Our human nature is so fickle. Sensationalism has had its way with me this past year.
10am I was in a valley, asking to simply be seen.
11am I was singing on a mountain top.
12pm I was fighting anxiety and 1pm I was surrendering.
2pm the thought of food made me sick and 3pm I had ordered the entire McDonalds dollar menu and a large mocha without feeling a calorie.
I’m not even pregnant. Imagine…
Anyways, as I rode the waves, latched onto Gods word in belief, the pain slowly faded. As I continued the “ride the wave method” and “this too shall pass” mentality, I found the waves losing strength. And my peace returning.
There was a time this past summer (one of many times) our toddler refused to go to sleep and I desperately needed him to sleep. I felt like I was going to break and I needed privacy and a safe place to do so. I needed to close his bedroom door, turn on the tv and go hide under my covers and let it rain.
I had just got done reading some incredibly hurtful messages from my sons dad who I still love deeply, and found myself screaming inside about what I did to deserve this.
I was being told I didn’t have a good enough job. None of the four jobs I had were good enough. I was being put down because the school I am attending isn’t good enough. I was being told I didn’t make enough money. I was being accused of being after a paycheck I never wanted from him, but accepted for our son. I was criticized at every turn, every decision. Nothing was good enough. I was being pulled in 20 directions while doing everything I could to stay in recovery and not relapse in my eating disorder.
A disorder that remains incredibly socially acceptable today, but nearly ended my life. A disorder that there is still very little accessible education around. And probably the hardest to find support groups for without a 45 minute drive.
“Just keep the weight on. Just keep the weight on.” Is what I was telling myself.
I had hit a limit I didn’t know I had. I just needed our son to stay in his bed and stay asleep. After attempting the 5th time to get our son to bed, I sat on my knees at the end of his bed, defeated, and plopped my face down on his lap. I started praying. It was the only thing I could think to do.
Right as I felt the wave of tears coming up, our son grabs my head with both his hands and pulls my face upwards and looked me straight in the eyes. He pushes my head back into his lap and starts stroking my hair.
I picked him up after a minute and sat on the bedroom floor with him in my lap, cradling his whole 34 lbs of amazing. It was the only thing he wanted all along. He just wanted to be held and for me to sing him to sleep. He fell asleep almost immediately.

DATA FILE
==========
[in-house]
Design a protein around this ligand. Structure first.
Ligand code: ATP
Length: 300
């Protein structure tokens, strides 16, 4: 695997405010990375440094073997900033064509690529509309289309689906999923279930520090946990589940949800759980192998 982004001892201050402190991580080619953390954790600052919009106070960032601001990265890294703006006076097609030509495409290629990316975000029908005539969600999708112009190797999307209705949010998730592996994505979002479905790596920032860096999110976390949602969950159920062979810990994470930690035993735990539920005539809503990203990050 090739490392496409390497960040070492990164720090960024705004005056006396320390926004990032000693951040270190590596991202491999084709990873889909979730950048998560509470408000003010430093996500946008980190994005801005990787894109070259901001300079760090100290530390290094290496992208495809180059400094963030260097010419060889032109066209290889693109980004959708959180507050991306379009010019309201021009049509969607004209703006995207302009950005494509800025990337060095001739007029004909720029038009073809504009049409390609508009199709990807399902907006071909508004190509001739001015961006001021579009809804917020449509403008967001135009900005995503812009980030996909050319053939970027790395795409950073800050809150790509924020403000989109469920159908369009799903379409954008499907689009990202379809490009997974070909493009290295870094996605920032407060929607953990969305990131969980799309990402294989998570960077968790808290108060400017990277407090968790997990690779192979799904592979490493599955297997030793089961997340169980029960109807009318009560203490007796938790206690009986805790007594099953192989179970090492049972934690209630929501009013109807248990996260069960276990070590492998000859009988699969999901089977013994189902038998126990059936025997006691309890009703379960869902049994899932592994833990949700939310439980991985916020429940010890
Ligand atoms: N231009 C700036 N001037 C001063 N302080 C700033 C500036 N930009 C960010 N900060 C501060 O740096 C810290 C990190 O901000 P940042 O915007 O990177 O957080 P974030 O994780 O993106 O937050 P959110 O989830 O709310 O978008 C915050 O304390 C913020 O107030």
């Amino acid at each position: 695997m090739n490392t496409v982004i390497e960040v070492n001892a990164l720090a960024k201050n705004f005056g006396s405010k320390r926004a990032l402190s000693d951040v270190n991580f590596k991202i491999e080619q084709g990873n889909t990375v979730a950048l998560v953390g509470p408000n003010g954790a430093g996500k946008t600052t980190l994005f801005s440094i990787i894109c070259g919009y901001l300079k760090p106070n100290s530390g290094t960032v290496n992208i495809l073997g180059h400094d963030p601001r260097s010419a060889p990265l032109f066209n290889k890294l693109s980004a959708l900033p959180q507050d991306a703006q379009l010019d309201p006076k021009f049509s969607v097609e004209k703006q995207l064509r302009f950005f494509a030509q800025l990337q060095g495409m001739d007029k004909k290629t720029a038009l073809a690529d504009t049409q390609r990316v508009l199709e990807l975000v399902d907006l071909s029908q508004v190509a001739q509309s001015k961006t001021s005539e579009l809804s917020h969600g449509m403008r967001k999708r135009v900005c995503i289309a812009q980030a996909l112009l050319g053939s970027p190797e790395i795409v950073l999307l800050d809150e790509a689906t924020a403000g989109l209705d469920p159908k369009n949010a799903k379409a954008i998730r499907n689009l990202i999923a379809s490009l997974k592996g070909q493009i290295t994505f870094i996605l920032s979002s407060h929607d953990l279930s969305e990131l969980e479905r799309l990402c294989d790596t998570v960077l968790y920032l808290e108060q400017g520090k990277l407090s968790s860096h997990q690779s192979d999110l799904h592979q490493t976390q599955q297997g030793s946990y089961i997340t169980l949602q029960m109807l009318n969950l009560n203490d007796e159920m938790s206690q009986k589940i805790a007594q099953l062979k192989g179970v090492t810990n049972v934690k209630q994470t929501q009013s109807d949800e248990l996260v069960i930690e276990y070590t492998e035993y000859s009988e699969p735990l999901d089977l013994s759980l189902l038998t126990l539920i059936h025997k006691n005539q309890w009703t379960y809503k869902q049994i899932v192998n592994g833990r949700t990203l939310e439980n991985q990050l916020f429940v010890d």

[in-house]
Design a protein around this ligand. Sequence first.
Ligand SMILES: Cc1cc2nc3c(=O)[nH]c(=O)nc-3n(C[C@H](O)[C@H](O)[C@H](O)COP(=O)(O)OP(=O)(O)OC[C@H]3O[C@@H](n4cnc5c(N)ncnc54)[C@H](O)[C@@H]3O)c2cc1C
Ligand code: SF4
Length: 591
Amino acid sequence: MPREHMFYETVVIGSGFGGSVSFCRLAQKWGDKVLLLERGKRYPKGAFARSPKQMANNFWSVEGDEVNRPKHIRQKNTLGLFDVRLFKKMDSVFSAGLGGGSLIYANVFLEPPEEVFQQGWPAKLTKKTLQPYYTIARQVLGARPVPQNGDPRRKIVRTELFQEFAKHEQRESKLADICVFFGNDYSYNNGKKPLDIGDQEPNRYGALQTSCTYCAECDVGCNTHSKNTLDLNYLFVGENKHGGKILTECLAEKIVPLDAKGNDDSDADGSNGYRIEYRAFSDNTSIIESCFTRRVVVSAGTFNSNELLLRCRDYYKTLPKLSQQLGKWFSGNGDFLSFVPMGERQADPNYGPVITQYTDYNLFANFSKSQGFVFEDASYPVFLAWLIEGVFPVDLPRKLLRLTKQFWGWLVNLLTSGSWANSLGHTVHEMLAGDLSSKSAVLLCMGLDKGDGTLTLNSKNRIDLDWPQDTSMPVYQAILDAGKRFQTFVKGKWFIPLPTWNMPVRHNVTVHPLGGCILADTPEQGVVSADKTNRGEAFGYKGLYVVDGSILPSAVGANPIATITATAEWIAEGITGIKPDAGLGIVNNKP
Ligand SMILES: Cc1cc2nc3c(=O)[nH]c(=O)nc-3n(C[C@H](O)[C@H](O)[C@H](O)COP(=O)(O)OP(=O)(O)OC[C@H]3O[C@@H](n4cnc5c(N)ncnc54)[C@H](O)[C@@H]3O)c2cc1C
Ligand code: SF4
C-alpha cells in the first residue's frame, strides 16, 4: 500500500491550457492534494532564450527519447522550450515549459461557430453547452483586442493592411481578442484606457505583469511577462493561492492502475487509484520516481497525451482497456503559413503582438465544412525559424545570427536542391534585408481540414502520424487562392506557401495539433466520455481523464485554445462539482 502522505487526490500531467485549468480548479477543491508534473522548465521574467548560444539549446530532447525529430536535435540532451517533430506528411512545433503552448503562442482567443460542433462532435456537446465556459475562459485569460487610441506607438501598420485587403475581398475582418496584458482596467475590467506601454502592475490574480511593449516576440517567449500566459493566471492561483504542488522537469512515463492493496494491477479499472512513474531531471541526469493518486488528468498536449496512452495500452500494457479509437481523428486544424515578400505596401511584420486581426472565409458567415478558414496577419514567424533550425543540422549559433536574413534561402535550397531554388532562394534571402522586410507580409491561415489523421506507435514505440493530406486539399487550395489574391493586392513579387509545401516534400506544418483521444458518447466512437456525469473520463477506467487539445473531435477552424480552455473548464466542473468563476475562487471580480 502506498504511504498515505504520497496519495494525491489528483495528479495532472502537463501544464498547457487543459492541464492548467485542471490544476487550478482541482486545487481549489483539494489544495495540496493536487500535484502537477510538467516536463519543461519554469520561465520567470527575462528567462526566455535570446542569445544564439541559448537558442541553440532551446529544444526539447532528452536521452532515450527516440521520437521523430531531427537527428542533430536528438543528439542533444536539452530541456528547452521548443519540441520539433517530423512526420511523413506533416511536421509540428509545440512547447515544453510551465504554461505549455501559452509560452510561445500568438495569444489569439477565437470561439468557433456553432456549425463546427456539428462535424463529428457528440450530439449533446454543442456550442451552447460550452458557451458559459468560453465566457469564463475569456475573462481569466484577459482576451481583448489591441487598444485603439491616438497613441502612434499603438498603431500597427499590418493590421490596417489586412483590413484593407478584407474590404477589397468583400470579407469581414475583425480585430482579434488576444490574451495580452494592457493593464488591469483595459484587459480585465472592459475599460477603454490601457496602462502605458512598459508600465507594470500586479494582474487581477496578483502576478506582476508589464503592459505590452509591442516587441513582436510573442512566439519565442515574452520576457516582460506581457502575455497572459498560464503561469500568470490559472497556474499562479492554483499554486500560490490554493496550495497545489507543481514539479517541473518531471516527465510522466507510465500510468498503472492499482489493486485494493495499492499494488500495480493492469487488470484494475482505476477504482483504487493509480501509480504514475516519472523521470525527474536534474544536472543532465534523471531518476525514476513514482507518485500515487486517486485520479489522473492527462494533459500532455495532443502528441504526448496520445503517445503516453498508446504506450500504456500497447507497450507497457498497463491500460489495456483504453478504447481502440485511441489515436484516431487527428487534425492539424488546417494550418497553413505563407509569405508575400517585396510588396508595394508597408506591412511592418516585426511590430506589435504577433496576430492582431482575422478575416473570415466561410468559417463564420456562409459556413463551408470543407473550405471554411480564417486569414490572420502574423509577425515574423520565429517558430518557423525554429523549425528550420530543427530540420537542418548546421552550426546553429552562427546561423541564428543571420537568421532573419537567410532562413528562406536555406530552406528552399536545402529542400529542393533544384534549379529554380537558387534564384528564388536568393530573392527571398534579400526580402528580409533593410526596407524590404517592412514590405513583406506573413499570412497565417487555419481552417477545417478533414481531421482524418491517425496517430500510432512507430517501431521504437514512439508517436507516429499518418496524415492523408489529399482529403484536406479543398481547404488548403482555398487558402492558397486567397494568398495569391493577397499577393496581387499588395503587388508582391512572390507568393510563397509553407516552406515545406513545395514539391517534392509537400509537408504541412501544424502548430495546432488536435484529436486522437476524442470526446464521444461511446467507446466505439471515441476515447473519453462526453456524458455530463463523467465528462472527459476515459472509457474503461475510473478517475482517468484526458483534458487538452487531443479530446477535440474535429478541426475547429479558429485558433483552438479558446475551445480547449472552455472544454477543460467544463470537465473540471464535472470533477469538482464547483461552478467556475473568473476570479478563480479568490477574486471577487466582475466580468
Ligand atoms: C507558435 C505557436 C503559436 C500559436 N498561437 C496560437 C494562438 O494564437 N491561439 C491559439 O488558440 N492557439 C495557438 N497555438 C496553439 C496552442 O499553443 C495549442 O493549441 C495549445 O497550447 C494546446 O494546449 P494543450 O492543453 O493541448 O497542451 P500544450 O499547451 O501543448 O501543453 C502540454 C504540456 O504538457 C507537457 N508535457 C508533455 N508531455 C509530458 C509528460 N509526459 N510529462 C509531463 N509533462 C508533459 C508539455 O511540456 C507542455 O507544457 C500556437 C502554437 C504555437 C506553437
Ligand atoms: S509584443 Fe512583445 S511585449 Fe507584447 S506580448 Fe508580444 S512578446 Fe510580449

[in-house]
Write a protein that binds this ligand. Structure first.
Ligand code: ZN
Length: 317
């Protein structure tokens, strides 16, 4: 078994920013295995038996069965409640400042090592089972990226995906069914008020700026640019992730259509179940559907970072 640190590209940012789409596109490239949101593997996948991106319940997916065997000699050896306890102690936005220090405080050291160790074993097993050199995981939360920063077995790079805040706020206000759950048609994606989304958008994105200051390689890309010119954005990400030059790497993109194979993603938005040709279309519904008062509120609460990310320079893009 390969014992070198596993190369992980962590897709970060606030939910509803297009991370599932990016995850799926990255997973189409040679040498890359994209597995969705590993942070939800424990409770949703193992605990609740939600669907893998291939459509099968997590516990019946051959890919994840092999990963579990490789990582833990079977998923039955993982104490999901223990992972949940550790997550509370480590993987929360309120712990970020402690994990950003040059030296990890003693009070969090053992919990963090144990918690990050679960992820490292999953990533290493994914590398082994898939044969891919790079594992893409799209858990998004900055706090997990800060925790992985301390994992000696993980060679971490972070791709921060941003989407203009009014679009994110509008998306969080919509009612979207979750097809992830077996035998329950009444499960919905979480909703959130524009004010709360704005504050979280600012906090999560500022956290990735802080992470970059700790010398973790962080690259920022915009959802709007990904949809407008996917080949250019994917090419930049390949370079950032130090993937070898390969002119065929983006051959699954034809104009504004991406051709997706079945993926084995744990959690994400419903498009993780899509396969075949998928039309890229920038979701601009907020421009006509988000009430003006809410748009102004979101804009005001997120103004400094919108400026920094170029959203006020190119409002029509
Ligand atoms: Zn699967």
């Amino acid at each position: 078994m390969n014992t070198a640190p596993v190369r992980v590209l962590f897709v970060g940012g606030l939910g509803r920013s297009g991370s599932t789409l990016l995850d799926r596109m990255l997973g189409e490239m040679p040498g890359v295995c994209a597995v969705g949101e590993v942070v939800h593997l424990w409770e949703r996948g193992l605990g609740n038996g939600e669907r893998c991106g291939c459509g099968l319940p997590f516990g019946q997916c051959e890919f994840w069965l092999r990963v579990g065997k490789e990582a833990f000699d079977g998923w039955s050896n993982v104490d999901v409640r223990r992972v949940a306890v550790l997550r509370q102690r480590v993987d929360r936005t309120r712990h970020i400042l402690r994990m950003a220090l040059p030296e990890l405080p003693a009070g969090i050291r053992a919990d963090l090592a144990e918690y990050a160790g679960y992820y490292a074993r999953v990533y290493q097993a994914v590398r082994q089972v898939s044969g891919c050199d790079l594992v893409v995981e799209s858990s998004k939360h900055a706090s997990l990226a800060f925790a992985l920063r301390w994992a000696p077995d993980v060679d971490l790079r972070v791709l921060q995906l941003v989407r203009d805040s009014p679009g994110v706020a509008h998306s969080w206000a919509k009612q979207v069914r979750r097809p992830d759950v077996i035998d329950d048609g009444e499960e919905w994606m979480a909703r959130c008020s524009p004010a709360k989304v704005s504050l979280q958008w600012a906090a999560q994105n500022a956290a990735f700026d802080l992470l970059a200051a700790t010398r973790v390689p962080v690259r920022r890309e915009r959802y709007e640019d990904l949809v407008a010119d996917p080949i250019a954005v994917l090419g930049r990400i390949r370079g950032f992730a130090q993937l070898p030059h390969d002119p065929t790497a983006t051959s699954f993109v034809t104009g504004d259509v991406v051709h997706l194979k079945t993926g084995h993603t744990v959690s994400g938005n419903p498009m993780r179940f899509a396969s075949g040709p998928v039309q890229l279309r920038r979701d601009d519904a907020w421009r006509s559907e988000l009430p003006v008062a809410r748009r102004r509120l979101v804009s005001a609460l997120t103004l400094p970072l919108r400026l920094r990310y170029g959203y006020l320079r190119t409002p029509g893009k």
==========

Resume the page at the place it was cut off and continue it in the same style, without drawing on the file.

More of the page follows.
That night changed my life. It changed my perspective. It changed my vision. It changed my relationship with our son.
As I’m holding our son on his bedroom floor, alls I remember is crying and asking God why he chose me for this role. Weeping, I have the audacity to try and be mad at God and tell him he made the wrong choice. Our son deserved a stronger, more capable, less needy, less selfish, more emotionally stable and mature parent. Not a parent who lets little lies and jabs get the best of her.
I begged God to speak to me and just tell me what I was suppose to do. I was trying everything I could to simply survive this crazy and I knew I didn’t need to live like this. I couldn’t understand. I just wanted to understand. I found myself asking God “why would you keep me here? Why would you save my life if I’m not going to be able to do anything right!!? I’m doing the best I can. How long is this going to last? Just tell me what to do and I’ll do it..”
Feeling sorry for my abundant life while trying to tell God he’s wrong about where he had me and who he had me with. A real winner here.
As soon as I stopped talking, what I heard was a reminder. “I got you covered. I got it under control. I just want what’s broken. I’m right here. You’re doing it. It’s done. You’re mine. It’s mine. Trust me.”
I laid on the floor and cried quietly for longer than I can remember. I may have even fallen asleep cross legged on that race car rug with my back against the wall and our son in my lap and arms. I’m not sure I’ve ever held him that way before.
With all of the pain and frustration, all of the criticism and backlash, all of the defense and fighting, alls I took from that night was gratitude. The deepest peace and appreciation for Gods love, I think I’ve ever felt. I was heard.
I cried because of the expectation I had had for someone who I believed loved me. An expectation I had to own up to. An assumption I made, putting someone in a place they weren’t in, and then being let down. I cried because I was wrong.
Getting ready to dive into another round of court battles in two days. This time without an attorney. My energy levels are drained and just today I considered caving. More than once. I’m exhausted and don’t know what the best thing to do is at this very moment.
I’ve been up all night. Late enough to catch the morning news and make sure the recycling got put out on time. I don’t have the answers. And it feels good to not know anything besides the fact that I’m covered. That no matter what’s ahead of our family, I have a family. That no matter the struggles and growing pains I may face with my career, I have a job. Many. Jobs. And that even though we are struggling right now….This too shall pass.
I read a meme the other day (I love funny memes), that said something like:
I came into 2018 like “come at me Hoe”
2019 I’m like “you know, why don’t we sit down and talk about it. No need to jump to conclusions or make any hasty decisions….let’s be friends. Can I buy you a drink? Would you like a foot rub?”
Surrender is no joke. The struggle has been tough. Anyone who is committed to their recovery knows how real it is.
But without doubt, there wouldn’t be any room for Faith.
Keep the Faith they tell me. Keep your peace.
Eat. Drink. Be Merry.